There's a festive atmosphere here that's unique, or at least not stamped from the same stoic North American baseball mold. In the stands there's dancing between innings, and it's expected that you'll dance even if your team is getting trounced (a slightly different version of "There's no crying in baseball"). Both Dominican teams bring out their cheerleaders to dance on the roofs of their dugouts every few innings, and all four teams (to the delight of at least one of my colleagues' children) have mascots. That's not so alien to our thought. But then there's the Mexican contingent, who combine their love of baseball with a love of dress-up that's reminiscent of a Star Trek convention. There's a handful of the costumed partygoers who are members of the Mexican team's entourage, as evidenced by their constant dancing on the team's dugout roof, and, yesterday, an impromptu demonstration of masked Mexican professional wrestling. But others seem to have a wrestling mask, or a giant sombrero, or an Aztec priest outfit just lying in the closet, waiting for moments like these.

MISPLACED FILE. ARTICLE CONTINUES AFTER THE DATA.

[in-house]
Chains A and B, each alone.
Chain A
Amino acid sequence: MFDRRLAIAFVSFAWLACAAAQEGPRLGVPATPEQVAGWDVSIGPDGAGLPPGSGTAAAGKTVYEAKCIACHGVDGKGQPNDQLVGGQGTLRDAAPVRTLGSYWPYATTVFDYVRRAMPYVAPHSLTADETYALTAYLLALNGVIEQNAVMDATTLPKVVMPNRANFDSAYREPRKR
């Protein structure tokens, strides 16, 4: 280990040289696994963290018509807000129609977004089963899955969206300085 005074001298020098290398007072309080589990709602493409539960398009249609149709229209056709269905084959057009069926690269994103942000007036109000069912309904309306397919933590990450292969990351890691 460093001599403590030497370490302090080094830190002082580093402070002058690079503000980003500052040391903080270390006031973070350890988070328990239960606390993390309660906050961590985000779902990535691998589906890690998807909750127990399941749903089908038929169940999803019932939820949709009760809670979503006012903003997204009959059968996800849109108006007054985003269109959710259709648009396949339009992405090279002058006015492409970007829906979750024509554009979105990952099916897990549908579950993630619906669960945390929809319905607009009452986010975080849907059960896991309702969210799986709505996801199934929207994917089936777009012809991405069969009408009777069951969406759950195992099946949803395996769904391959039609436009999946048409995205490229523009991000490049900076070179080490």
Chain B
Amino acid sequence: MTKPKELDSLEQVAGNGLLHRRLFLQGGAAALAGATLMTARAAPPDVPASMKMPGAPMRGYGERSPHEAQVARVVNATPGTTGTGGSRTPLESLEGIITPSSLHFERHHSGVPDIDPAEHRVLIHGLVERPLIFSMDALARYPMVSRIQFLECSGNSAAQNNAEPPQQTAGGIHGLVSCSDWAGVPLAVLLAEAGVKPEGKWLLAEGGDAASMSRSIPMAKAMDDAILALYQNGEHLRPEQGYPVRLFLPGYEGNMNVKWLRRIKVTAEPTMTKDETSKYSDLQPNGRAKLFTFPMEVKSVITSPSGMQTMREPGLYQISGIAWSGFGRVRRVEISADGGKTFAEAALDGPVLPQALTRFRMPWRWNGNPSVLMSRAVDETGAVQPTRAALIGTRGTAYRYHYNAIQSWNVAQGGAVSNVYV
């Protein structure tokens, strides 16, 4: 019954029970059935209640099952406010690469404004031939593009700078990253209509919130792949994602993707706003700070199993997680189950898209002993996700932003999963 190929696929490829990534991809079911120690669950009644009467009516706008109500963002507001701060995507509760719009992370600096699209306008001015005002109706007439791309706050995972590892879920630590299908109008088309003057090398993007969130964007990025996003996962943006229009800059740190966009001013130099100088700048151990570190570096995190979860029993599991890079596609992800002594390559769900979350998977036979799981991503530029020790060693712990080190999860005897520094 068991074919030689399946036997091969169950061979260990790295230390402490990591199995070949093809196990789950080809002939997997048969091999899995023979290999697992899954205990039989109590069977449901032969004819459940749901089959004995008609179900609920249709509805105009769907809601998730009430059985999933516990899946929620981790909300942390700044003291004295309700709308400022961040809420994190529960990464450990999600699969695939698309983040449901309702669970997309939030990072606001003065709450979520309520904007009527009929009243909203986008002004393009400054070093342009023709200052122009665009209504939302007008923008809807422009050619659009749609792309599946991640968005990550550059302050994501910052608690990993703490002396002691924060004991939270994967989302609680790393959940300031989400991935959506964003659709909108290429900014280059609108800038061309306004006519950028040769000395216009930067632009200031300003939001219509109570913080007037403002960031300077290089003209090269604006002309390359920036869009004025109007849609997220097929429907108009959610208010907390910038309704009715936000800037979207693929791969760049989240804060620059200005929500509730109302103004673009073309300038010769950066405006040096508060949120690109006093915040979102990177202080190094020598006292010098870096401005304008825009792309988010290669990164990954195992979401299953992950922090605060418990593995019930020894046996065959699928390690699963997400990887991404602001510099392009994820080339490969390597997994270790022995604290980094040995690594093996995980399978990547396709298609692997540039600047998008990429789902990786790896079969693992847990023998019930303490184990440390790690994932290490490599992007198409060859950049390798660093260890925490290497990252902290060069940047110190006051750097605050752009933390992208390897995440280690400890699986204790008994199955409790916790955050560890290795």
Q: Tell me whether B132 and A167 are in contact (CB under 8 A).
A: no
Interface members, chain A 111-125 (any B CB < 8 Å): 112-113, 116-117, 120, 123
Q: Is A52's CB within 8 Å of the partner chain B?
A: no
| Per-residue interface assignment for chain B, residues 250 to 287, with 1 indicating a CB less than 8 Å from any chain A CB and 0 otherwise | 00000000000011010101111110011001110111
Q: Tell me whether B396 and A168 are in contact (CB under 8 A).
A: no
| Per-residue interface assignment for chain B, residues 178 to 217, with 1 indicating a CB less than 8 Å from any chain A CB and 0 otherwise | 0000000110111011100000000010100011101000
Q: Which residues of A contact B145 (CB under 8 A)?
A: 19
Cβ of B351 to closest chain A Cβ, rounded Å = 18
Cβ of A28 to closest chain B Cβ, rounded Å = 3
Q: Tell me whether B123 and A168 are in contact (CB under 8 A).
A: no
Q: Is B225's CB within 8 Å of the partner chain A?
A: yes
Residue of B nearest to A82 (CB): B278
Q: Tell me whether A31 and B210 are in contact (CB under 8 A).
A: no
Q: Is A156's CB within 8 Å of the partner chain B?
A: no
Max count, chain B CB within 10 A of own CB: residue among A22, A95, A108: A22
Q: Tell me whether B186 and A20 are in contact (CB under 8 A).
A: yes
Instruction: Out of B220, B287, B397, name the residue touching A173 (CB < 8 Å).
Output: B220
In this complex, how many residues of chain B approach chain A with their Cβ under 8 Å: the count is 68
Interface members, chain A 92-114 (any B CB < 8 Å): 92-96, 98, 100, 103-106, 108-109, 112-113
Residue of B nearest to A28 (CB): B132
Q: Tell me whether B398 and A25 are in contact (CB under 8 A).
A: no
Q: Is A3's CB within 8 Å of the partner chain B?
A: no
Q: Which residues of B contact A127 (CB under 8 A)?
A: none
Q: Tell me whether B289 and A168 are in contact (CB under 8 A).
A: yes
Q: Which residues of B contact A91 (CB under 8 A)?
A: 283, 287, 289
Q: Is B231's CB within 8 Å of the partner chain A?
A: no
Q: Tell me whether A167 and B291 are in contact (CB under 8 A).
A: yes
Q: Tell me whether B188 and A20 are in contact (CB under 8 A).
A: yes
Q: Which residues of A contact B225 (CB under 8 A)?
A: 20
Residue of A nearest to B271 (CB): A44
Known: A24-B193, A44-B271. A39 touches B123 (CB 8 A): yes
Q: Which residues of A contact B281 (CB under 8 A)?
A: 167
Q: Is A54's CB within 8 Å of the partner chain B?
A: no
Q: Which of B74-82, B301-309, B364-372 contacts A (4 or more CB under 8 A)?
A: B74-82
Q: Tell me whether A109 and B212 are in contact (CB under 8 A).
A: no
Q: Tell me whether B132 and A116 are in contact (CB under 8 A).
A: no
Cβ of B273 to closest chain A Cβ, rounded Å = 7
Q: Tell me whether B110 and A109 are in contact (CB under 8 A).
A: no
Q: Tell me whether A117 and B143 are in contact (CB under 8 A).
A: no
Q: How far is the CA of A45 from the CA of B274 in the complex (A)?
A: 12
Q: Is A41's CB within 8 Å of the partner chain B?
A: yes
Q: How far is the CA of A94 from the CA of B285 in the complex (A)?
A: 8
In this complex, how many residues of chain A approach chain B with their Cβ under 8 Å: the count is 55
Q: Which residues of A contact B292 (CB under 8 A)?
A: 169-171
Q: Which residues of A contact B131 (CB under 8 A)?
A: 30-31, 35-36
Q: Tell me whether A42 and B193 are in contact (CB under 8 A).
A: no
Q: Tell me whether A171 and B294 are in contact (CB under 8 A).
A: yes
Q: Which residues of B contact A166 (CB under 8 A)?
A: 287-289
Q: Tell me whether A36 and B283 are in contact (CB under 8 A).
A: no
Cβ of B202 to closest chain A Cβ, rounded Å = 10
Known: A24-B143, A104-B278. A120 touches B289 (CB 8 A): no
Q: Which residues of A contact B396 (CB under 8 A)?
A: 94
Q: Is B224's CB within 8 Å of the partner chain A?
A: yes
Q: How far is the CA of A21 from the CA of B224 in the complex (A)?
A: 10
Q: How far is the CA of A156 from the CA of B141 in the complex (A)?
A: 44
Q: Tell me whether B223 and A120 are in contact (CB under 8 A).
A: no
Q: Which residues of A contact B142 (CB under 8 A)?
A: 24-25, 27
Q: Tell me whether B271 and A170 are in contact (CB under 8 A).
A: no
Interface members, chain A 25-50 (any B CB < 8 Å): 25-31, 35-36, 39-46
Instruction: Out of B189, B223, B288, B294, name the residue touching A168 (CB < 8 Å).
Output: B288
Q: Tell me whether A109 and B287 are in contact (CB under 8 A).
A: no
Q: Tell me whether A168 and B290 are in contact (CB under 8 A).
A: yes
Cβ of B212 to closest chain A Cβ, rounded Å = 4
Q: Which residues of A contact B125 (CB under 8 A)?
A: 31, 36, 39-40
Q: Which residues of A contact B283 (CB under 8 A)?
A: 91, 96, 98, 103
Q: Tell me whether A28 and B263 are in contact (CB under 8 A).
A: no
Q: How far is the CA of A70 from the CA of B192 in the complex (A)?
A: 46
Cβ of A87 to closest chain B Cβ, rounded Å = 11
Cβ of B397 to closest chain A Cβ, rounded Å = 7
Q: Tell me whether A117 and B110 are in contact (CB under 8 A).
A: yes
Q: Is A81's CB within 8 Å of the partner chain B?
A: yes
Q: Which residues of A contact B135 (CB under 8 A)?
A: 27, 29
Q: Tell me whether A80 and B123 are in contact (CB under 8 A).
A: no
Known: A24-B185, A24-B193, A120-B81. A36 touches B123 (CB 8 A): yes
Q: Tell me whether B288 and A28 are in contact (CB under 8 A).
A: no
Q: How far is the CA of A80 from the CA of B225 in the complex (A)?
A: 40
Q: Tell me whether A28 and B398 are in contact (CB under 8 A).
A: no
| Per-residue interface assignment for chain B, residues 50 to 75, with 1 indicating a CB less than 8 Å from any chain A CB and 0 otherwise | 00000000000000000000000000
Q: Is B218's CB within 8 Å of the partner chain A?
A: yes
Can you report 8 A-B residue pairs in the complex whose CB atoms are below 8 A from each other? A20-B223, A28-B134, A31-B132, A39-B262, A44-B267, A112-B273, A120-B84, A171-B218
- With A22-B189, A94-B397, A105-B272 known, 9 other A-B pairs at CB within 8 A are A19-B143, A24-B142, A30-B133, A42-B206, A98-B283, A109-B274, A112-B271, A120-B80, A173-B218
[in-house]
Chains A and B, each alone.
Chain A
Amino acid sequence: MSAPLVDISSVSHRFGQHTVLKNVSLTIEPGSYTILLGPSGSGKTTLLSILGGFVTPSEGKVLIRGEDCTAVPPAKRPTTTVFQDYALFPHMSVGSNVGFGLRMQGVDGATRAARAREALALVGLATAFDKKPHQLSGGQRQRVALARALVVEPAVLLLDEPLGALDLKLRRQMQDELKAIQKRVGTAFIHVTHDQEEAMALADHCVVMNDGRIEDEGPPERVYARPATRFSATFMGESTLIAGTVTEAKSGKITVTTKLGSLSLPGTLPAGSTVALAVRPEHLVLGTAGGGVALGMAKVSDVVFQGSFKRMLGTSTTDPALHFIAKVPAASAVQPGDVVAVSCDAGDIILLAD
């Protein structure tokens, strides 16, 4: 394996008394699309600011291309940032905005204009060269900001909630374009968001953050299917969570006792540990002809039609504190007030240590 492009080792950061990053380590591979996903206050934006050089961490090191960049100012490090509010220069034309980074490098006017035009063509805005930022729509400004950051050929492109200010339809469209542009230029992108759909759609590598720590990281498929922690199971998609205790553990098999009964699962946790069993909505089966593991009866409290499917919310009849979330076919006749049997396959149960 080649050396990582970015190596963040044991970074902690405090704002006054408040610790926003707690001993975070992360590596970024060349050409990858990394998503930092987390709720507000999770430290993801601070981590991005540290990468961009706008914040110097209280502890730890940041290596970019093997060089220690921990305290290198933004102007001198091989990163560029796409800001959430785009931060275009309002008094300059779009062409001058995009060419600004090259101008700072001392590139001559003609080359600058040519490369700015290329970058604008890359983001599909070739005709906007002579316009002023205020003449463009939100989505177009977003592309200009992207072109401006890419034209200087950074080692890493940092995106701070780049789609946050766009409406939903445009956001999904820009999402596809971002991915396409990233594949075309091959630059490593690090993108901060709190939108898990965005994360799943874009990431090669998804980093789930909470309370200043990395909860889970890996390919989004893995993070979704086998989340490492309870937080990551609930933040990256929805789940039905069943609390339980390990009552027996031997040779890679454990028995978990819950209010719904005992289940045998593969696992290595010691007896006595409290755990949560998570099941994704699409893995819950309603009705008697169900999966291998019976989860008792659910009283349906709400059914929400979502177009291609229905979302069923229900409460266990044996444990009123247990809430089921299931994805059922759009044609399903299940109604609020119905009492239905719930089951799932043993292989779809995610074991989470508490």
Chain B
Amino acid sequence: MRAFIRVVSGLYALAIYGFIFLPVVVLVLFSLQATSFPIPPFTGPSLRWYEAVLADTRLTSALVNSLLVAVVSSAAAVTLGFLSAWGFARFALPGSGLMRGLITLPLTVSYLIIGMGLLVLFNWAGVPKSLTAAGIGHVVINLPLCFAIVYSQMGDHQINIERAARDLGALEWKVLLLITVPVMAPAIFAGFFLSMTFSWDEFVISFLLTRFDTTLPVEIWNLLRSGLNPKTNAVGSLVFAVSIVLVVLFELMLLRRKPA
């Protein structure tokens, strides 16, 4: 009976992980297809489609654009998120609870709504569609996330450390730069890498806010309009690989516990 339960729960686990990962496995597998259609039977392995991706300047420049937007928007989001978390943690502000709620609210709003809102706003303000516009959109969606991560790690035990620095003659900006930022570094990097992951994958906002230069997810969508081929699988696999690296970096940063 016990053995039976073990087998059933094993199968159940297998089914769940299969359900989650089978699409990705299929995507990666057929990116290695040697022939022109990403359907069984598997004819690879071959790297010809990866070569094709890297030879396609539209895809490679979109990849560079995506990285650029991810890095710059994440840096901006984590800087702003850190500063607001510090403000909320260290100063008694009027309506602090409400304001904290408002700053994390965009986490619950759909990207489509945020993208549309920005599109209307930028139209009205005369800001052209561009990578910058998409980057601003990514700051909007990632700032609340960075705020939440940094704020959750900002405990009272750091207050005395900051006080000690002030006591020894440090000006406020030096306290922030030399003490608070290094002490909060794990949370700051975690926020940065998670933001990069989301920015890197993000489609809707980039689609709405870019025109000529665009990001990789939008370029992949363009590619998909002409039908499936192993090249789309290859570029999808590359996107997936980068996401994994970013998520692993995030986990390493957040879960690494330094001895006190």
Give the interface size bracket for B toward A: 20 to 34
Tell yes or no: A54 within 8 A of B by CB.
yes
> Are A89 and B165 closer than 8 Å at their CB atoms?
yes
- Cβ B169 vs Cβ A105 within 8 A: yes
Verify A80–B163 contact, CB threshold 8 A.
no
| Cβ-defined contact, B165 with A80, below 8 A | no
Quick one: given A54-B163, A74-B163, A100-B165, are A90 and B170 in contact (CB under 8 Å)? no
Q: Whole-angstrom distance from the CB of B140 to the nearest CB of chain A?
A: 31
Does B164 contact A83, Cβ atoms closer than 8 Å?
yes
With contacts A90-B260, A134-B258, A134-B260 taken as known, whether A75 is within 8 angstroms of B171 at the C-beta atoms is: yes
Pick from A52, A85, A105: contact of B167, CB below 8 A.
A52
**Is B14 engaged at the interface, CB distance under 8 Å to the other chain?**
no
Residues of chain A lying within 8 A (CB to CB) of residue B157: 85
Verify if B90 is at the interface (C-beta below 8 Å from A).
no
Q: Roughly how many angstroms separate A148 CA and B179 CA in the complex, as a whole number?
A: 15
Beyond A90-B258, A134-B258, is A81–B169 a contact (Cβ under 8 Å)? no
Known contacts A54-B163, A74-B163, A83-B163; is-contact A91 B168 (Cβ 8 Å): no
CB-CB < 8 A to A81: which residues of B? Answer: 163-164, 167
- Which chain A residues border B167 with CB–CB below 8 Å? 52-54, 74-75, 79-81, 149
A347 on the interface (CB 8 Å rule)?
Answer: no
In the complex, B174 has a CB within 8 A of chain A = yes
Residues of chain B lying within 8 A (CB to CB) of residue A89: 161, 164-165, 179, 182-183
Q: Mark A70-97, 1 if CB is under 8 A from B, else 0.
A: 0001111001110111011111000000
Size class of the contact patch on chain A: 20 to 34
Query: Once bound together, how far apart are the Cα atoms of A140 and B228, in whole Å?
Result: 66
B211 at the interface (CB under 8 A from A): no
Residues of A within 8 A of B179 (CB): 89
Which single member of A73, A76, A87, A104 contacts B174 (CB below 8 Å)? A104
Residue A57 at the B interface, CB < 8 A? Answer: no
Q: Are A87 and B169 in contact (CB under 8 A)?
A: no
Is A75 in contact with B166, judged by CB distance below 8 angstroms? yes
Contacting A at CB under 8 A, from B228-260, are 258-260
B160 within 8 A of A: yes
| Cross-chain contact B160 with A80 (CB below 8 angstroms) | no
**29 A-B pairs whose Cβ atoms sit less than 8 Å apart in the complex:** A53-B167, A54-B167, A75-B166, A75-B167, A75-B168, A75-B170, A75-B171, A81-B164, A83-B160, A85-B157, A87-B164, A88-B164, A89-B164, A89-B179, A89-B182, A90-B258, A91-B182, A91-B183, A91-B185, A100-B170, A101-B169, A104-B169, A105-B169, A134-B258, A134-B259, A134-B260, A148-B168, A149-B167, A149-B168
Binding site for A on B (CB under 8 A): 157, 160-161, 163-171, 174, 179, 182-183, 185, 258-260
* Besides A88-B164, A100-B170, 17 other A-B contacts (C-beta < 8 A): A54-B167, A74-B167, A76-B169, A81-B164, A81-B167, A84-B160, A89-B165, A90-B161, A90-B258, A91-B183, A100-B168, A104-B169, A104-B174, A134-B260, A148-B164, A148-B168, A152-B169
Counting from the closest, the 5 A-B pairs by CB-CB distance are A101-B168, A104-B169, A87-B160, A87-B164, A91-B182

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February 3, 2008 12:00 am

Caribbean Series 2008

0

Derek Jacques

Our fearless reporter delivers accounts live from the Dominican, starting with an opening doubleheader that featured everything from homers to horned dancing creatures.

SANTIAGO, DOMINICAN REPUBLIC-Santiago is the Dominican Republic's second city, a fact that goes a long way toward understanding this Caribbean Series. In many Latin American countries the second city is an afterthought since a huge chunk of the national population typically congregates in the capital city, seeking the money and opportunity that accumulates in what's considered the major urban center. As a result, the second city often feels like it has something to prove. Despite a great tradition of winning baseball, Santiago never seems to get its due: it's not the famous capital city, Santo Domingo, and neither does it get the respect accorded the much smaller town of San Pedro de Macoris as a baseball hotbed.